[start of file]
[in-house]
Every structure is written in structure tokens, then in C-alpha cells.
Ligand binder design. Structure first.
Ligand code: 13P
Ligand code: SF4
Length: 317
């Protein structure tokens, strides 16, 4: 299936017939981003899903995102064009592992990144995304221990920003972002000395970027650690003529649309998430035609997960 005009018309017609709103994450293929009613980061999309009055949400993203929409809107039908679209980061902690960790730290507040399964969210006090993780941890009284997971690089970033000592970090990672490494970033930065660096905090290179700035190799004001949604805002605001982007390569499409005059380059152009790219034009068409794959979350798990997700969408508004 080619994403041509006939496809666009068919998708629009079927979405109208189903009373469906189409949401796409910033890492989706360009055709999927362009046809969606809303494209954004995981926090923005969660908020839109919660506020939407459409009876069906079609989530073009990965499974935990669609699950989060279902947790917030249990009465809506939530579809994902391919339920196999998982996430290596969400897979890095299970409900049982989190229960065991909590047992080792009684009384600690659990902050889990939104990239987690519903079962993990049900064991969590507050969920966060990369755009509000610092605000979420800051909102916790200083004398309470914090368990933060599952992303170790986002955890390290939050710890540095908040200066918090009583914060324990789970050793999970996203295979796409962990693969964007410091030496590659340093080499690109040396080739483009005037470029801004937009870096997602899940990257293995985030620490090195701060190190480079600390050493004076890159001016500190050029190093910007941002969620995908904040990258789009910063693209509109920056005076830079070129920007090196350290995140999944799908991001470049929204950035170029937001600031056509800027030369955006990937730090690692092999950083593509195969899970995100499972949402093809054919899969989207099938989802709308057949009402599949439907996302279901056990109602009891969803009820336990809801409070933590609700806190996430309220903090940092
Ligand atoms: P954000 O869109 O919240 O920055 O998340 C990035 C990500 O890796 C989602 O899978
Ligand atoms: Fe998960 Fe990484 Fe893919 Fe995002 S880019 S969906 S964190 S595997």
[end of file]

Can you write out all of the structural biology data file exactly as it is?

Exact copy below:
[in-house]
Every structure is written in structure tokens, then in C-alpha cells.
Ligand binder design. Structure first.
Ligand code: 13P
Ligand code: SF4
Length: 317
């Protein structure tokens, strides 16, 4: 299936017939981003899903995102064009592992990144995304221990920003972002000395970027650690003529649309998430035609997960 005009018309017609709103994450293929009613980061999309009055949400993203929409809107039908679209980061902690960790730290507040399964969210006090993780941890009284997971690089970033000592970090990672490494970033930065660096905090290179700035190799004001949604805002605001982007390569499409005059380059152009790219034009068409794959979350798990997700969408508004 080619994403041509006939496809666009068919998708629009079927979405109208189903009373469906189409949401796409910033890492989706360009055709999927362009046809969606809303494209954004995981926090923005969660908020839109919660506020939407459409009876069906079609989530073009990965499974935990669609699950989060279902947790917030249990009465809506939530579809994902391919339920196999998982996430290596969400897979890095299970409900049982989190229960065991909590047992080792009684009384600690659990902050889990939104990239987690519903079962993990049900064991969590507050969920966060990369755009509000610092605000979420800051909102916790200083004398309470914090368990933060599952992303170790986002955890390290939050710890540095908040200066918090009583914060324990789970050793999970996203295979796409962990693969964007410091030496590659340093080499690109040396080739483009005037470029801004937009870096997602899940990257293995985030620490090195701060190190480079600390050493004076890159001016500190050029190093910007941002969620995908904040990258789009910063693209509109920056005076830079070129920007090196350290995140999944799908991001470049929204950035170029937001600031056509800027030369955006990937730090690692092999950083593509195969899970995100499972949402093809054919899969989207099938989802709308057949009402599949439907996302279901056990109602009891969803009820336990809801409070933590609700806190996430309220903090940092
Ligand atoms: P954000 O869109 O919240 O920055 O998340 C990035 C990500 O890796 C989602 O899978
Ligand atoms: Fe998960 Fe990484 Fe893919 Fe995002 S880019 S969906 S964190 S595997």